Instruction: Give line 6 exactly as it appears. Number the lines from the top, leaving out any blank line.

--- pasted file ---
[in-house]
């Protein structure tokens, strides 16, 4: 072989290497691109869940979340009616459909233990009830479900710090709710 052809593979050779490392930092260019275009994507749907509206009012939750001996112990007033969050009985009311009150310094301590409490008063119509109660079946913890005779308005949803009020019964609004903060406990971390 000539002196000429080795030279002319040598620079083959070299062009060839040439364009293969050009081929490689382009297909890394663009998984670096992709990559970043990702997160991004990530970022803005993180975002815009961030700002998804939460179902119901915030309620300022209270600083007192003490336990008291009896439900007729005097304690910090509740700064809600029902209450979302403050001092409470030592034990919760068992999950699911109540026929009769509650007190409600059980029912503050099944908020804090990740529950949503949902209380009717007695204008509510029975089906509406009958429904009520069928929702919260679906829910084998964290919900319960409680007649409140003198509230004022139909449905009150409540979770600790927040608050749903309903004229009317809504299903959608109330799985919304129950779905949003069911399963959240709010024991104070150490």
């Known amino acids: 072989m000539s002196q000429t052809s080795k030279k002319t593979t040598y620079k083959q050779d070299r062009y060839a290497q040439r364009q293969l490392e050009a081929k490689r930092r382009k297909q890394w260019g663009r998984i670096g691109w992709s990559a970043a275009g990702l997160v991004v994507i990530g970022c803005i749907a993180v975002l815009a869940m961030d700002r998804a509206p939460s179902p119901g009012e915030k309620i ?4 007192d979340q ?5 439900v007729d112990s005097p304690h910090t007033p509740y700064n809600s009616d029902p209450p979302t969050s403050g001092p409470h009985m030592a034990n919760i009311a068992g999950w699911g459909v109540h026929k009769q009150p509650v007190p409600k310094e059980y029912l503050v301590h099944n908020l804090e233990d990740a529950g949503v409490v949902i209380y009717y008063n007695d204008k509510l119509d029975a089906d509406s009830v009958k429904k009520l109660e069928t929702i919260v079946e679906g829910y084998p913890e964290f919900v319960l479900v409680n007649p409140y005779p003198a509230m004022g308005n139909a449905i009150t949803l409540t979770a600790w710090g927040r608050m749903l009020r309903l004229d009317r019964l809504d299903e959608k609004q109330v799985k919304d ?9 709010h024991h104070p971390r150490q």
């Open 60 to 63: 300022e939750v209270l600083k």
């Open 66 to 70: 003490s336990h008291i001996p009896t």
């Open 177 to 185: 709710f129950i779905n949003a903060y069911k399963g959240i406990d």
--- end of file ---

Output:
């Open 177 to 185: 709710f129950i779905n949003a903060y069911k399963g959240i406990d």